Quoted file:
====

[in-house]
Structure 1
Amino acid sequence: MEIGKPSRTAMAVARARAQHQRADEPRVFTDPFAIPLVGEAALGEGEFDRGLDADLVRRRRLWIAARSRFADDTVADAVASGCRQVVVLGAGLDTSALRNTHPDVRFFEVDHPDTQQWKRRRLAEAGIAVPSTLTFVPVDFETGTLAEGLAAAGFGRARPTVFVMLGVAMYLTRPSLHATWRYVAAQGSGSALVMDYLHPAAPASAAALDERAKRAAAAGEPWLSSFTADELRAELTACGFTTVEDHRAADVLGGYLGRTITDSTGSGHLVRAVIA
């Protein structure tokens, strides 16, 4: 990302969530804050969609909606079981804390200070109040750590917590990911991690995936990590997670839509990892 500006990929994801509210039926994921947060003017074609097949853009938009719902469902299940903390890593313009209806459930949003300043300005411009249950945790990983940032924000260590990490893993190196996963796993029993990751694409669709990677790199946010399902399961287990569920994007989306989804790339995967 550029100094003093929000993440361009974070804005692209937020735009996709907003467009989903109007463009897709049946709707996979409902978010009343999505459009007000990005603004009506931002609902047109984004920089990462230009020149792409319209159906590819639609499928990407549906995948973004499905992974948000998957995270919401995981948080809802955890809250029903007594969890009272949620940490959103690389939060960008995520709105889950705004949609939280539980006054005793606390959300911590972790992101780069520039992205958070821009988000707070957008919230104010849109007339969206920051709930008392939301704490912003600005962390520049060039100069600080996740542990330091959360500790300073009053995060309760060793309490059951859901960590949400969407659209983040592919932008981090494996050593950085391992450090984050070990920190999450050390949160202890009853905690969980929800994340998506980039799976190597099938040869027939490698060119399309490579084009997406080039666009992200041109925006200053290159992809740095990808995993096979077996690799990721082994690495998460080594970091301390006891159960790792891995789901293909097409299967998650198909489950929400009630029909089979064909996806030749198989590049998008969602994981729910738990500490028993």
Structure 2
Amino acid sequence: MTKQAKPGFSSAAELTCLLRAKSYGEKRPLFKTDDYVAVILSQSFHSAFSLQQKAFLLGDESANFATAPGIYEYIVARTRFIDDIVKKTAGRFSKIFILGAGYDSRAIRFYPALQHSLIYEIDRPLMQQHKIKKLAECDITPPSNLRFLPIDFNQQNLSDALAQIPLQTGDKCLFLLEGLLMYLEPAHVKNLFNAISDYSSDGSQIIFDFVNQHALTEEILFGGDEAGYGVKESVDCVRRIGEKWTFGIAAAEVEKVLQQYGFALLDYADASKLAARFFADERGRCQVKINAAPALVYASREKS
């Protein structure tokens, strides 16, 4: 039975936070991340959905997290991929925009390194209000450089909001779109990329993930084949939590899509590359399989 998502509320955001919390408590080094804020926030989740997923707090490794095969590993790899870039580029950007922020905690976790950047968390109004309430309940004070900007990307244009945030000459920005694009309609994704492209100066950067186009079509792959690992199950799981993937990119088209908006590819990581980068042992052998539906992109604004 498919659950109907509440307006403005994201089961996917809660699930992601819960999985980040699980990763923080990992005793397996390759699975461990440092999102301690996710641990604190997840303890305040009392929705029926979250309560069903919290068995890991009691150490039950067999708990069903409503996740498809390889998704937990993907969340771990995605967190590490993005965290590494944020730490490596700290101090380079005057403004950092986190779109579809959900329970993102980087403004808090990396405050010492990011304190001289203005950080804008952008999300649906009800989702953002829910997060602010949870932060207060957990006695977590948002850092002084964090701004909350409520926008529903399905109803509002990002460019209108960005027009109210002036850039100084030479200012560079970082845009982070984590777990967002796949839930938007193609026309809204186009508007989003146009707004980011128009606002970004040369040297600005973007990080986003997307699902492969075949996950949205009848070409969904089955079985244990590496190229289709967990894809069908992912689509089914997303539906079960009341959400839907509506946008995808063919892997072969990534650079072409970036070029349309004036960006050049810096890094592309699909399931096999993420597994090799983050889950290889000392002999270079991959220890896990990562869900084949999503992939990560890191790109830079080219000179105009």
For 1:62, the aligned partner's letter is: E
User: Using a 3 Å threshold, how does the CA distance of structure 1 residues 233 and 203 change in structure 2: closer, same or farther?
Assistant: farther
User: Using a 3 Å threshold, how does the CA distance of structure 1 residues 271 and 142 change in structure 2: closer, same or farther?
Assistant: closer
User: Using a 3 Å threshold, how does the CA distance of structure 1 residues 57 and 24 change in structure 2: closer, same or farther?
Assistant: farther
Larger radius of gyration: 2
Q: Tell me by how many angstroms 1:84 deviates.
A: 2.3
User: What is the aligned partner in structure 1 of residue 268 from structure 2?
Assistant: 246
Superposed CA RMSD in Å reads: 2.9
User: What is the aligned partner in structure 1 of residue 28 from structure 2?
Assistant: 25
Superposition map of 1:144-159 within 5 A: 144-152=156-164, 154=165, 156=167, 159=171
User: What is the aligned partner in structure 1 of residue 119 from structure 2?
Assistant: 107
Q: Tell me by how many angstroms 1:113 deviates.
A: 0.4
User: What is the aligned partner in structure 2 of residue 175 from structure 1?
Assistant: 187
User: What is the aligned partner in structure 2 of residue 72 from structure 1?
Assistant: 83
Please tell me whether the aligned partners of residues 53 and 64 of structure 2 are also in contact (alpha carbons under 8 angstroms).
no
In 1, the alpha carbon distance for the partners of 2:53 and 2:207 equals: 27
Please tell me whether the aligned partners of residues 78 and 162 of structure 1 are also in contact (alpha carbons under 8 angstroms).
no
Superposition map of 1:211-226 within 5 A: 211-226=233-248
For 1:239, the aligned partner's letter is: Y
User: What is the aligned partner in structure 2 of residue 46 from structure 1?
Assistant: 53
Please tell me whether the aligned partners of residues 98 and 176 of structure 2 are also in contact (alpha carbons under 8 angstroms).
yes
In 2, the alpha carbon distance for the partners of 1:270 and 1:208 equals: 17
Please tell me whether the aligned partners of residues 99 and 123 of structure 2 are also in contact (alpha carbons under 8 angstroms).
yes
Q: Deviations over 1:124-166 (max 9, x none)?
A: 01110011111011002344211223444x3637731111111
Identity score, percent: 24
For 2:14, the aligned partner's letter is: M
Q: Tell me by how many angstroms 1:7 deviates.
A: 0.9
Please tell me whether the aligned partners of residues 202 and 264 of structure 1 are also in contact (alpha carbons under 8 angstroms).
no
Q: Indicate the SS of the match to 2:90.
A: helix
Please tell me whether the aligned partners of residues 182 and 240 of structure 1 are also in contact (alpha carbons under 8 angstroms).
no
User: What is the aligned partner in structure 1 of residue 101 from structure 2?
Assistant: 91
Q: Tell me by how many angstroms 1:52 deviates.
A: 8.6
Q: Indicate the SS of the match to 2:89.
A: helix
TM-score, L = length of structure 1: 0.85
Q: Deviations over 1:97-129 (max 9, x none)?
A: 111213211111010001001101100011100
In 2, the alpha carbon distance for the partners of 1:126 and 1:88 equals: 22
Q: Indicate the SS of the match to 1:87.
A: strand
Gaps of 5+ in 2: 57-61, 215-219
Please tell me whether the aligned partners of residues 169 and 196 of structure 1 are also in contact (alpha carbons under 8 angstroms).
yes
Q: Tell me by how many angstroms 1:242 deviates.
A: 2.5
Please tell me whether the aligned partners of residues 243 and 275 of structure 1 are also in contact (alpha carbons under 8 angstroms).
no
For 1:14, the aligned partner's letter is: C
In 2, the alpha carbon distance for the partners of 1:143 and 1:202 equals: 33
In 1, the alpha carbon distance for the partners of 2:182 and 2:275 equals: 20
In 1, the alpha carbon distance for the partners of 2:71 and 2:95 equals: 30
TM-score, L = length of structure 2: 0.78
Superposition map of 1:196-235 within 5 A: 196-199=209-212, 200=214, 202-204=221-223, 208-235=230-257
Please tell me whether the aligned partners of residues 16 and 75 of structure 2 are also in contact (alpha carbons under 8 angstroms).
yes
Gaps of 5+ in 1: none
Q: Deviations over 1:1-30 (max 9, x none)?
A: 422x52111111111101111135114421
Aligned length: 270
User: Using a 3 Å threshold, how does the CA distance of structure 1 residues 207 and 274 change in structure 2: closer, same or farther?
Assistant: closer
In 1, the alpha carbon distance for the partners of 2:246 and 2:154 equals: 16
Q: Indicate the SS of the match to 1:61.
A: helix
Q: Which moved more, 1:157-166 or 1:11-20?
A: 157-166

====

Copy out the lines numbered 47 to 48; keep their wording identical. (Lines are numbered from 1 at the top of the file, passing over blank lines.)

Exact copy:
A: 01110011111011002344211223444x3637731111111
Identity score, percent: 24